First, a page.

The head of a gun rights group has called two Republican House members “traitors” for backing a ban on assault weapons.
The House passed the ban by a narrow 217-213 margin on Friday, with support from Republican Congressmen Chris Jacobs of New York and Brian Fitzpatrick of Pennsylvania. Five House Democrats voted against the bill. Shortly after the legislation was passed, American Firearms Association President Christopher Dorr sent his supporters an email blasting Jacobs and Fitzpatrick for putting “a knife in the back of the people who abused them.” elected”.
“Moments ago, Nancy Pelosi pushed her so-called ‘Assault Weapons Ban’ through the House, aided by TWO TRAITOR Republicans, Brian Fitzpatrick (PA) and Chris Jacobs (NY),” wrote Dorr in the email obtained by Newsweek. “If the two TRAITOR Republicans above had voted against Pelosi, the bill would have failed. They stuck a knife in the back of the people who elected them.”
Dorr went on to say that the “gun rights community” should be concerned because the bill would then be “placed firmly in the hands of radical anti-gunner Chuck Schumer,” the Democratic majority leader. in the New York Senate.
The bill is not expected to pass the Senate due to the high hurdle of requiring 10 Republican votes to avoid a filibuster, while the chamber is evenly split 50-50 between Republicans and Democrats.
“You may remember that last month over a dozen Senate Republicans voted for gun control,” Dorr wrote in his email, which included a link to join the group of firearms and donate. “With Democrats and Joe Biden on the ropes in November, we can’t take anything for granted.”
“The fake media and Democrats are waiting for the next high-profile shooting to guilt as many Republicans as possible into supporting their most aggressive assault on our Second Amendment rights in decades,” he added.
Jacobs, who represents a district that includes Buffalo, New York – where 10 black people were fatally shot by a white shooter in a supermarket in May – explained his vote in a statement obtained by Newsweek on Friday, while pointing out that he had announced his support for the ban following the mass shooting.
“I strongly support the Second Amendment and the right to self-defense and I usually do,” Jacobs said. “What I don’t support is easy access to high-powered semi-automatic weapons and high-capacity magazines that have time and time again resulted in mass shootings.”
“These weapons have been proven to cause an immense amount of damage quickly – in Buffalo 13 people were shot – 10 fatally – in less than 3 minutes,” he added. “We have a duty to keep all Americans safe. These weapons do not belong in our communities.”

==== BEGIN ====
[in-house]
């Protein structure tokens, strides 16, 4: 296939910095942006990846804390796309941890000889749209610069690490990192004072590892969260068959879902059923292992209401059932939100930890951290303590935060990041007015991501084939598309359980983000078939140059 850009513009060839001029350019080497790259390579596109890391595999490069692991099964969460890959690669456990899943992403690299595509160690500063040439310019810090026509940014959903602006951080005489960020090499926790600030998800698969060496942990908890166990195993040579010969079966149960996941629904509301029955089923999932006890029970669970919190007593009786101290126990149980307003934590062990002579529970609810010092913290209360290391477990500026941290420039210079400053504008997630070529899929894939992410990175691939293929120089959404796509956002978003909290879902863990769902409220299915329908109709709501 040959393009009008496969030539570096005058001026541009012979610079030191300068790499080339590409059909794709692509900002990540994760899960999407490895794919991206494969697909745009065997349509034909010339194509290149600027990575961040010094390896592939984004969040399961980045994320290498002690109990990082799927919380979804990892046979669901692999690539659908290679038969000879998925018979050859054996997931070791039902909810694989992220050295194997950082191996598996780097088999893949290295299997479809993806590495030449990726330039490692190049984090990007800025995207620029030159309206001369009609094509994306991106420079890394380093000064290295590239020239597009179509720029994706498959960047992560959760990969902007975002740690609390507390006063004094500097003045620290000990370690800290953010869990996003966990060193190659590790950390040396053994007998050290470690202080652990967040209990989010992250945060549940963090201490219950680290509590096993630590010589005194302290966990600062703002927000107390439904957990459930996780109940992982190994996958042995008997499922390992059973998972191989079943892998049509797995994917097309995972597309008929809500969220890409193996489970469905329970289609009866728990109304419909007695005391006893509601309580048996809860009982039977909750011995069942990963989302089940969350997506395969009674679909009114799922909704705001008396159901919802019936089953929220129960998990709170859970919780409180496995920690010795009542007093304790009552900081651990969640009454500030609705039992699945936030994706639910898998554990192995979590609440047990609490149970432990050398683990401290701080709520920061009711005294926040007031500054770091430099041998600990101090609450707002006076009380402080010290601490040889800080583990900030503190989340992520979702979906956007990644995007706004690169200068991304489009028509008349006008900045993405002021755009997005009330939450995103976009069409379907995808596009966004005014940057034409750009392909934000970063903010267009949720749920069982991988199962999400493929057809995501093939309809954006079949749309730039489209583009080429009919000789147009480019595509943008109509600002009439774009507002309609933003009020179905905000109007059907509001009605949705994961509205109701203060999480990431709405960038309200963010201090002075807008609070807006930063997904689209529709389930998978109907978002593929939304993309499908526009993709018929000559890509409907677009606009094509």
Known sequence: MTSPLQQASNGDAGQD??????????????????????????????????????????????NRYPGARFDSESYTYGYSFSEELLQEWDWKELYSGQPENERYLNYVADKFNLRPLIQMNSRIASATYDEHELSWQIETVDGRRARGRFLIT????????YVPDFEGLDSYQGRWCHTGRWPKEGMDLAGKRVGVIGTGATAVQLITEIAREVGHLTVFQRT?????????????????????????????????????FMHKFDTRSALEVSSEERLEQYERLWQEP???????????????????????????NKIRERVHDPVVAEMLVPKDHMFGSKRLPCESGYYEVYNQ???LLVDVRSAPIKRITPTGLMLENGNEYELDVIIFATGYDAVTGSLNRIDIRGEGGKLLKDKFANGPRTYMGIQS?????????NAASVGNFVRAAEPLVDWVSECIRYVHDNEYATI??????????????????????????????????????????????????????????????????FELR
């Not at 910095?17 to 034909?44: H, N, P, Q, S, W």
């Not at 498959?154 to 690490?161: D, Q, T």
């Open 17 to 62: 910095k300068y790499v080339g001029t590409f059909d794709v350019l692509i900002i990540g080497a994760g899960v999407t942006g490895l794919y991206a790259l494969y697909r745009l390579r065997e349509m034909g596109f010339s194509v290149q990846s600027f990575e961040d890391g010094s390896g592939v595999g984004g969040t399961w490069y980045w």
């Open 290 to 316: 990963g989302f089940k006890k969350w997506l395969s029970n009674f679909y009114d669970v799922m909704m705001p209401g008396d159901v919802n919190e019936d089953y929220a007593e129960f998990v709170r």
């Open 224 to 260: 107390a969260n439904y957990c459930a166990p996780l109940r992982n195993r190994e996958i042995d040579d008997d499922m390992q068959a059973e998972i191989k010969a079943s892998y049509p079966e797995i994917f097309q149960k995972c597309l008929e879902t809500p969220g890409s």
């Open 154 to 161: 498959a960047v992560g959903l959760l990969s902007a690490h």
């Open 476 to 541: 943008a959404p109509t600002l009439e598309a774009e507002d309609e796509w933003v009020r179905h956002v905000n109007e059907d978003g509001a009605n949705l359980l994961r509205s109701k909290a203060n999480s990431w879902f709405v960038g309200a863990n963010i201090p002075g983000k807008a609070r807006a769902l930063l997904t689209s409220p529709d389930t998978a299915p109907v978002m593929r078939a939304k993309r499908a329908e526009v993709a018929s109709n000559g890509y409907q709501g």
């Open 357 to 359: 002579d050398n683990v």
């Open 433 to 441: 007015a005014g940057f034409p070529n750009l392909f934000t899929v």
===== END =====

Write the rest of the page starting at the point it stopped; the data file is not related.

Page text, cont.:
Newsweek contacted Fitzpatrick’s office for comment.
House Democrats who voted against the bill included Henry Cuellar and Vicente Gonzalez of Texas, Jared Golden of Maine, Ron Kind of Wisconsin and Kurt Schrader of Oregon. They were also criticized for not supporting the ban.
“Henry Cuellar was one of 5 House Democrats who voted against banning assault weapons,” said progressive writer and activist Adam Best. tweeted. “He continues to vote like a Republican. Remind me again why the Democratic leaders fought for him instead of getting behind a real progressive?”
“The other 4 were Jared Golden, Vicente Gonzalez, Ron Kind and Kurt Schrader,” Best continued. “Fortunately, progressive Jamie McLeod-Skinner recently elected Schrader. Good riddance to one of the worst Democrats in the country.”
The bill was the first assault weapons ban to pass the House in 28 years. A federal ban on assault weapons became law in 1994 before expiring in 2004 under the administration of former President George W. Bush.
Although the partisan split in the Senate means the chances of the new bill becoming law are slim, House Speaker Nancy Pelosi tweeted that Democrats successfully “overcame years of stonewalling the gun lobby” by passing the bill in the House on Friday.
“I’m excited today because for a long time I wanted to reinstate the ban on assault weapons,” Pelosi told reporters ahead of the vote. “When we did that in the 90s, it was tough, but it happened and it saved lives.”
During the debate on the bill, Pelosi focused on a small assault rifle called the JR-15, which is modeled after the larger AR-15 assault rifle, but designed for children and marketed with cartoon skull characters. The speaker called the weapon and the marketing campaign “disgusting”.
Republican Rep. Marjorie Taylor Greene of Georgia responded to Pelosi’s remarks on Twitter, where she suggested the elementary school kids killed in May’s mass shooting in Uvalde, Texas all ‘need’ the guns. assault.